Running on empty
Author: David Stonehouse
July 30, 2019
The dramatic rally in government bonds may be stalling after the 10-year U.S. Treasury yield’s recent dip below 2%, and could be running out of gas for an extended period of time despite the start of a new easing cycle by U.S. Federal Reserve.
Since early November, the 10-year yield has fallen approximately 125 basis points from a high near 3.25%, delivering a total return of close to 13 percent. This represents one of the strongest rallies in recent memory and emphatically underlines the market’s growing unease about the state of the global economy and the U.S. Federal Reserve’s dovish pivot late last year that now has investors anticipating multiple rate cuts by the end of the year.
Given how much yields have dropped in such a short period of time, there is little doubt that the cyclical bear market in bonds, which began in 2016, is now over. However, that doesn’t fully explain how much of the current macro environment is priced in or where bond yields may be headed from here.
Historically, when Treasuries rally following cyclical bears, they have tended to do so in two waves, with the first drop in yields giving way to a period of consolidation that, on average, backs yields up more than 100 basis points and typically lasts four or five months before the second drop takes place. This pattern has played out several times over the past 30 years, including, most recently, between 2013 and 2016 when the 10-year yield fell to its lowest level ever.
U.S. Treasuries: Rallying in waves (1989-2016)
The ebb and flow in yields of previous cycles has also coincided with extremes in bond market sentiment readings. For example, excessive pessimism toward Treasuries in 2013 anticipated a fall in yields that unfolded throughout 2014. Then, after that, a period of extreme optimism preceded a rise in yields, which was followed by another period of severe pessimism and second down leg for yields that ended in 2016.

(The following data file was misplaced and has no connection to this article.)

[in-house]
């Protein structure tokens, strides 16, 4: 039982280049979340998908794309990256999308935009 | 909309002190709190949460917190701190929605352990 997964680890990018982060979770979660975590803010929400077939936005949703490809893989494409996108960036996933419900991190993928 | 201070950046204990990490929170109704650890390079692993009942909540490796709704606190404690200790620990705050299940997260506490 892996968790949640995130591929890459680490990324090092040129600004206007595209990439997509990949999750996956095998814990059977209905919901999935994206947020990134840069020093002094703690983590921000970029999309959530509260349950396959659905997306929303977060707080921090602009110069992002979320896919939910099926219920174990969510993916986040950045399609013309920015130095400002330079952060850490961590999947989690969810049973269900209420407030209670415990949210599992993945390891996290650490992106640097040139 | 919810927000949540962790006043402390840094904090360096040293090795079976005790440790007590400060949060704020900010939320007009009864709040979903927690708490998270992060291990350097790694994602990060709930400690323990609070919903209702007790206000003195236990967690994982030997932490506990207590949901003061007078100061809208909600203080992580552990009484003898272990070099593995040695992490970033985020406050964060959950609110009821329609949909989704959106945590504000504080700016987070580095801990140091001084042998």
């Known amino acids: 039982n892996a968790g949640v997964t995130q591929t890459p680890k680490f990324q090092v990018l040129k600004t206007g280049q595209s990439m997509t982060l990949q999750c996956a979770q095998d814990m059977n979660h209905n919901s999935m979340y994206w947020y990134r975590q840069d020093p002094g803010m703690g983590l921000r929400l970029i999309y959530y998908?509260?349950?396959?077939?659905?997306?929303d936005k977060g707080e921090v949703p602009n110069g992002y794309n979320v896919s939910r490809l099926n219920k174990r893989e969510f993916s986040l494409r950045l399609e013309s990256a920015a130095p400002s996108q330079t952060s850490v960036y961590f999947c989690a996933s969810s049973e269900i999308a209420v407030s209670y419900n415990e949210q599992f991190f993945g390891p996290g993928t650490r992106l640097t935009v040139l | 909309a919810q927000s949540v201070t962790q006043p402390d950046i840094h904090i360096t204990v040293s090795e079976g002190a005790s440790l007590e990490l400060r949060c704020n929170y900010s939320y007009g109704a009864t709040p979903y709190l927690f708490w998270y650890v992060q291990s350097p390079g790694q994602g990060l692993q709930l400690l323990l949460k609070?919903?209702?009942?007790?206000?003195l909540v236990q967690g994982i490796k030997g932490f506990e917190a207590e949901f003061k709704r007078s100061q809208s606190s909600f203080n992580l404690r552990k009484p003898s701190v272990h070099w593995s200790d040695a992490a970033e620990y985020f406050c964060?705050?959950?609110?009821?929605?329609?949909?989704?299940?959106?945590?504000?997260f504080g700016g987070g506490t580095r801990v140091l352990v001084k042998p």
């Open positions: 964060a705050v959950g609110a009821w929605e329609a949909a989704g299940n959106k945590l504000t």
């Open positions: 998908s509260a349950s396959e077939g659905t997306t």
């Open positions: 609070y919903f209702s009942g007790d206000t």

Bond sentiment: An emotional roller coaster (2006-2019)
More recently, a similar sequence has emerged with optimism about Treasuries once again reaching excessive levels after a period of severe pessimism in the fall. This would suggest an extended pause in the Treasury rally, one that could last several months, even as the Fed embarks on a fresh round of cuts to its overnight lending rate. In fact, while yields have declined going into every first rate cut by the central bank since 1989, they often rose following it and were higher, on average, 12 months later.
Yields before and after first rate cuts (1989-2007)
|Date of cut||Yield (%)||Basis point change 252 days before||Basis point change 189 days before||Basis point change 126 days before||Basis point change 63 days before||Basis point change 63 days after||Basis point change 126 days after||Basis point change 189 days after||Basis point change 252 days after|
Eventually, we believe yields will drop further than recent lows—especially if the U.S. economy weakens and ends up in recession. But, for now, investors should expect the current pause in this cyclical bull market to last a while longer.
David Stonehouse is a Senior Vice-President and Head of North American and Specialty Investments at AGF Investments Inc.
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